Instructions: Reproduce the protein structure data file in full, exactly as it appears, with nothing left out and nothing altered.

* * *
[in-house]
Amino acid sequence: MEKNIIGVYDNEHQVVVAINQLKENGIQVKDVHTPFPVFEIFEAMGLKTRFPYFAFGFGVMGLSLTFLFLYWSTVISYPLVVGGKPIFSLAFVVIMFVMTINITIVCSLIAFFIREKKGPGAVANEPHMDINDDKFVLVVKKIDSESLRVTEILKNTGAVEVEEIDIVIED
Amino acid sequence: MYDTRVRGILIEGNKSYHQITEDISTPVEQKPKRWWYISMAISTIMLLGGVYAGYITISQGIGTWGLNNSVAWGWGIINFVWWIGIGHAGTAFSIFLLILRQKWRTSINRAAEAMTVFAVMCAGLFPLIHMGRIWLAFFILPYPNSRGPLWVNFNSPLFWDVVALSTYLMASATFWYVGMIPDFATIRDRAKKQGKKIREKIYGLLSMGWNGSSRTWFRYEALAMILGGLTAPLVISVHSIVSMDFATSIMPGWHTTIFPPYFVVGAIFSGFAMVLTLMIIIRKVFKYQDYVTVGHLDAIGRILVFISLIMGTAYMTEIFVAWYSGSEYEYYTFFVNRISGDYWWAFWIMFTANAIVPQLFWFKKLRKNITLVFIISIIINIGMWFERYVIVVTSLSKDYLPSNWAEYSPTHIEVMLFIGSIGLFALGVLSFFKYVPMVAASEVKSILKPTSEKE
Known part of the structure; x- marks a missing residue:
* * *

[in-house]
Amino acid sequence: MEKNIIGVYDNEHQVVVAINQLKENGIQVKDVHTPFPVFEIFEAMGLKTRFPYFAFGFGVMGLSLTFLFLYWSTVISYPLVVGGKPIFSLAFVVIMFVMTINITIVCSLIAFFIREKKGPGAVANEPHMDINDDKFVLVVKKIDSESLRVTEILKNTGAVEVEEIDIVIED
Amino acid sequence: MYDTRVRGILIEGNKSYHQITEDISTPVEQKPKRWWYISMAISTIMLLGGVYAGYITISQGIGTWGLNNSVAWGWGIINFVWWIGIGHAGTAFSIFLLILRQKWRTSINRAAEAMTVFAVMCAGLFPLIHMGRIWLAFFILPYPNSRGPLWVNFNSPLFWDVVALSTYLMASATFWYVGMIPDFATIRDRAKKQGKKIREKIYGLLSMGWNGSSRTWFRYEALAMILGGLTAPLVISVHSIVSMDFATSIMPGWHTTIFPPYFVVGAIFSGFAMVLTLMIIIRKVFKYQDYVTVGHLDAIGRILVFISLIMGTAYMTEIFVAWYSGSEYEYYTFFVNRISGDYWWAFWIMFTANAIVPQLFWFKKLRKNITLVFIISIIINIGMWFERYVIVVTSLSKDYLPSNWAEYSPTHIEVMLFIGSIGLFALGVLSFFKYVPMVAASEVKSILKPTSEKE
Known part of the structure; x- marks a missing residue: